The Silent Struggle

“The heart of another is a dark forest, always, no matter how close it has been to one’s own.” -Willa Cather

When is the last time you thought about what someone else might be going through?

A “silent” struggle is a difficulty that people would not expect someone to have based on what they perceive that person to be. We often make assumptions about a person’s capabilities depending on the information that we know and can assume… It is always a mystery to us, until told or blatantly obvious, what a person has experienced.

Basically, you can’t ever assume you know what a person has been through until you take the time to hear their story—and that’s if they’re telling you the truth.  

I have created a podcast (which you can listen to by clicking on the Soundcloud link below) that showcases two amazing women who’ve been battling through hardships that many would consider unexpected; Hasina Foye and Kelechi Ubozoh.

Hasina, a high school student, close friend and fellow Girls Write Now mentee, speaks about her life as the child of two deaf adults (CODA), the many difficulties that comes with growing up as the only hearing person in her household, and her struggles with learning how to communicate with others. In my second interview, Kelechi Ubozoh, a poet, mental health advocate, singer and suicide survivor, dives into her struggle as an African American woman with mental health issues and her efforts to eliminate the stigma associated with mental illness.

A Silent Struggle is is dedicated to those who have lost themselves in the pains of others so much that they have forgotten to address that of their own. To be able to listen to the stories of these wonderful women was an inspiring opportunity that I am grateful to have been involved with. In fact, that’s a huge part of the reason why I started this blog. The Cicada Effect was created in order to share triumphs and hardships to inspire someone to fight for the happiness they deserve. If you have a story you feel that others may benefit from and would like to share with The Cicada Effect, please send me a message through this blog’s contact page.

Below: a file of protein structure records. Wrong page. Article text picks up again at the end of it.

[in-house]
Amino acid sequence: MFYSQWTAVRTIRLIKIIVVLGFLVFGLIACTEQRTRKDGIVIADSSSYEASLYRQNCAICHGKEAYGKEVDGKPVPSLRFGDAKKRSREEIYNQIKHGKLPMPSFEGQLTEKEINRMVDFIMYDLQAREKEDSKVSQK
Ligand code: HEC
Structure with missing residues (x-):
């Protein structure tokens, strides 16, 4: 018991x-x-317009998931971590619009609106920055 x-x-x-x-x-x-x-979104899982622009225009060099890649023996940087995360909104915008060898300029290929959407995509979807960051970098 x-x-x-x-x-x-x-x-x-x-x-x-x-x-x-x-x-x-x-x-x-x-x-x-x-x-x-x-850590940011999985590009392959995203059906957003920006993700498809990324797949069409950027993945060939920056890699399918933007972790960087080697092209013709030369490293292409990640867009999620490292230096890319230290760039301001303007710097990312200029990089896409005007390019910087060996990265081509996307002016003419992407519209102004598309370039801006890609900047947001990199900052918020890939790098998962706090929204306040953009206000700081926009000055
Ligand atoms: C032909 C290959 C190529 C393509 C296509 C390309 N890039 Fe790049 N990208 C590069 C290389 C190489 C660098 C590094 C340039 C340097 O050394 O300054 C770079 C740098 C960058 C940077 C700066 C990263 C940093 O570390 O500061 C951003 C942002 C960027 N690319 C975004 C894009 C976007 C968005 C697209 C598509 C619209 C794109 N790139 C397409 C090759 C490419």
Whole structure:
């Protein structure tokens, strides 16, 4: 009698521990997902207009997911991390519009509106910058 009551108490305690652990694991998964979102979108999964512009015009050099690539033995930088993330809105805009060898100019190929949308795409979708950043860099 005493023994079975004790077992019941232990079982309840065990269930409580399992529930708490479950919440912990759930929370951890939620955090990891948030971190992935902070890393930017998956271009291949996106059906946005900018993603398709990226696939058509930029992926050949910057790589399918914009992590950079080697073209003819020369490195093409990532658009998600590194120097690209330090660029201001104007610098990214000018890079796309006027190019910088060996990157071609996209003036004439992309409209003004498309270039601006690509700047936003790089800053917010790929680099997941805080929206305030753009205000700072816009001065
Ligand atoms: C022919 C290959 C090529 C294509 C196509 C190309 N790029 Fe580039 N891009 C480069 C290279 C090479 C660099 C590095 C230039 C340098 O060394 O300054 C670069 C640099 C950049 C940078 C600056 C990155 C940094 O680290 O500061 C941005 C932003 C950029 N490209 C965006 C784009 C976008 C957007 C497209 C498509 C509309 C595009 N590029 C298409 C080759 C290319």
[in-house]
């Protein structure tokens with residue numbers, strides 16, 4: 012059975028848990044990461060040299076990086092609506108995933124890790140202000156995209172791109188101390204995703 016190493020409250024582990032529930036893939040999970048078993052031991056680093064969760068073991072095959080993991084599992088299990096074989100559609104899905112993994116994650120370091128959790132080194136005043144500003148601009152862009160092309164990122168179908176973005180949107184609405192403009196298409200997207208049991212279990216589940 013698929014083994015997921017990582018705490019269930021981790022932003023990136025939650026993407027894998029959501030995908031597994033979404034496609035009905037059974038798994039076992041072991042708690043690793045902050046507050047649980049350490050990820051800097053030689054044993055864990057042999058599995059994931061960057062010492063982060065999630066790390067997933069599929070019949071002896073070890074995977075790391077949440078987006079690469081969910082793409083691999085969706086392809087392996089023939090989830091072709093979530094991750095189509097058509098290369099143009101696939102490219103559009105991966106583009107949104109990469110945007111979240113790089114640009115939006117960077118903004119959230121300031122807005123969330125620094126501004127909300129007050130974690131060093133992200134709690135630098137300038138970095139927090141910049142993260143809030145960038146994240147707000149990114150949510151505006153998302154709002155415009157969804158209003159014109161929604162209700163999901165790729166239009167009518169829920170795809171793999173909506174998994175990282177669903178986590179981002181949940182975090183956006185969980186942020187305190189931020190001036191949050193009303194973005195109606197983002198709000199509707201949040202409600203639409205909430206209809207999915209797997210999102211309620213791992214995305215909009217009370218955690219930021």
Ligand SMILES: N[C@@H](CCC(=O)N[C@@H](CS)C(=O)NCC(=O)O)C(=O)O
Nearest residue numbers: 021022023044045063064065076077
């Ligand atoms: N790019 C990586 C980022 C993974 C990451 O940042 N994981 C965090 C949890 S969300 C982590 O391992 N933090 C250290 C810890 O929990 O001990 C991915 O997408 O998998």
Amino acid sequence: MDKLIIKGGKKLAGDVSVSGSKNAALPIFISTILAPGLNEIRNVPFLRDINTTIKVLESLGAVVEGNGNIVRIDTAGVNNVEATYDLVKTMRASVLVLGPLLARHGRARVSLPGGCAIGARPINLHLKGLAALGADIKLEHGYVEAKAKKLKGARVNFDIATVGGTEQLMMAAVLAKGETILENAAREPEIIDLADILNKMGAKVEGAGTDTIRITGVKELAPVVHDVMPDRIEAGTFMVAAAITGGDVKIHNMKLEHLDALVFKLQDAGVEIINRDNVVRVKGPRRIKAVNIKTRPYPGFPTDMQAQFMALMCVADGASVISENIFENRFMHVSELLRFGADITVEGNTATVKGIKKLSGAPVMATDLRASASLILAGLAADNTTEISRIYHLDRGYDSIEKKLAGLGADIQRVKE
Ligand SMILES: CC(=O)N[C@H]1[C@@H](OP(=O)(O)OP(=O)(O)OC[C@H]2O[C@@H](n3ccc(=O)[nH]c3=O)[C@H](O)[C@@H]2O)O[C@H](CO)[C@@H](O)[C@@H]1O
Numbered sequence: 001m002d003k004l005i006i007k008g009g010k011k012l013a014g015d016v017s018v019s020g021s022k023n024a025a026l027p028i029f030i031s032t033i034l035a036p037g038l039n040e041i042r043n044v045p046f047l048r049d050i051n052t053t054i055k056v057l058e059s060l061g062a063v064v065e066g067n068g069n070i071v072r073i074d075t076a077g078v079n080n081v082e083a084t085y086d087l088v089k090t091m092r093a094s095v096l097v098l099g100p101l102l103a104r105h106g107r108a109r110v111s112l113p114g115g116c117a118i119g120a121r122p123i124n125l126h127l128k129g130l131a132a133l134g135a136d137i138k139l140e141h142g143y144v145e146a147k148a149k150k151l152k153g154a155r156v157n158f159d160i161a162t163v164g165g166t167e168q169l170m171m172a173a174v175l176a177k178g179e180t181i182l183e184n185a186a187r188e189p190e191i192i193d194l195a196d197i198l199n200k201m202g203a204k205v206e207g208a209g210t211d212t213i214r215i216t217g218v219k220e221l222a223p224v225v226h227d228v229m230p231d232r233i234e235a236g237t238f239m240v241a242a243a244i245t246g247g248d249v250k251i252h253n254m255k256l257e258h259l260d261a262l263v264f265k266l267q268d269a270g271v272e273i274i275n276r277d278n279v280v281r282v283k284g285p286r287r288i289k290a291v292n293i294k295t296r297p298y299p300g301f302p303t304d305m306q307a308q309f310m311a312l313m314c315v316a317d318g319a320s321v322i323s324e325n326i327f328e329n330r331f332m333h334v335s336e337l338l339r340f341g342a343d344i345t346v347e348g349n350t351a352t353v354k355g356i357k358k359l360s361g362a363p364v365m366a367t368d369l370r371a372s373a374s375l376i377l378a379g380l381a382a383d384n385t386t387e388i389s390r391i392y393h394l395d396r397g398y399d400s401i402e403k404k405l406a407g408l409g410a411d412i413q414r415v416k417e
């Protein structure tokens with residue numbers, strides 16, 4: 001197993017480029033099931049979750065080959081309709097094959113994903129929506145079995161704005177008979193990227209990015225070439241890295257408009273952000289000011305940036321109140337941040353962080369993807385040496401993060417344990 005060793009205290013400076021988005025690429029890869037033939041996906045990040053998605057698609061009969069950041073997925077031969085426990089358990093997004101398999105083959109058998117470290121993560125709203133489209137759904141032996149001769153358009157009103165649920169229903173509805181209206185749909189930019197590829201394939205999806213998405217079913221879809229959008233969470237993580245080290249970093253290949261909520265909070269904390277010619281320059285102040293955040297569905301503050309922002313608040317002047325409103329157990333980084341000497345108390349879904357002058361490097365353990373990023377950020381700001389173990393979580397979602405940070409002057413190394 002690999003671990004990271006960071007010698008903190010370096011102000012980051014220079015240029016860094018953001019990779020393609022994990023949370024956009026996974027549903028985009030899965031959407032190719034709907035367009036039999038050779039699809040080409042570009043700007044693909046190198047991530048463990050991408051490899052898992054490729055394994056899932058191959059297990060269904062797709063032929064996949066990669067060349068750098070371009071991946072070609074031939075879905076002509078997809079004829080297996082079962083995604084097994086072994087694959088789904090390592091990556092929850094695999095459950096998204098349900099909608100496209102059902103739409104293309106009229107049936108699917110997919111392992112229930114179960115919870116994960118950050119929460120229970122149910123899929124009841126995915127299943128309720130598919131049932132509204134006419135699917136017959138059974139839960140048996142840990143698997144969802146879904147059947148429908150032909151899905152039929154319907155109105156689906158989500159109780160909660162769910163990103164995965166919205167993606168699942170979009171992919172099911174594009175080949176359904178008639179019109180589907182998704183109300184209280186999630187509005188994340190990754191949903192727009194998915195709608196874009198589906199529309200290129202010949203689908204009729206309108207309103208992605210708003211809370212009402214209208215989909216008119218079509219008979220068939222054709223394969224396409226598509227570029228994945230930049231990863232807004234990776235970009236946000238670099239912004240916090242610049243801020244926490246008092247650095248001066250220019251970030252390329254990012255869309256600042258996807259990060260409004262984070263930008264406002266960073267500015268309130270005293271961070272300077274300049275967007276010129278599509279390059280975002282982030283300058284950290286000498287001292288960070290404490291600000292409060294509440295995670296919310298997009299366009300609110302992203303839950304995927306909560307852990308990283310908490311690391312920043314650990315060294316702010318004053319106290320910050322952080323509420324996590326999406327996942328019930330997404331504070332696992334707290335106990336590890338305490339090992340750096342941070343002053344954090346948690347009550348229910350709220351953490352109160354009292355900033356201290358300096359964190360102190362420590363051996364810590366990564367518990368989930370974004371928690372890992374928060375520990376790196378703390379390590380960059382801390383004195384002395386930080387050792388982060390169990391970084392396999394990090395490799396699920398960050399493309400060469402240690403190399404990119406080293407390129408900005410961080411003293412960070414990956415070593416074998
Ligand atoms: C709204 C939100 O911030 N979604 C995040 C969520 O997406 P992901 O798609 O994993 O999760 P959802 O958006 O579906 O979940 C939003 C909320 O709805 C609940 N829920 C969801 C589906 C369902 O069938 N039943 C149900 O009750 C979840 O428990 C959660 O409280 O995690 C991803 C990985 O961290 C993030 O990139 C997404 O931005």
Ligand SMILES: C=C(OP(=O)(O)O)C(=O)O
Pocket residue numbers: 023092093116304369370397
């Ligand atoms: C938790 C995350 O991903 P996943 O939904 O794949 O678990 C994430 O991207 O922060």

• For more information on CODA, please visit
  • You can also support to protect the rights of the American deaf and hard-of-hearing community by visiting the National Association of the Deaf at   
  • You can currently see Kelechi in the award-winning documentary The S Word, which follow the lives of suicide attempt survivors. To learn more about the film and Kelechi’s work, visit  
  • If you or someone you know is suffering from from depression or suicidal thoughts, please call the National Suicide Prevention Helpline at 1-800-273-TALK (1-800-273-8255).

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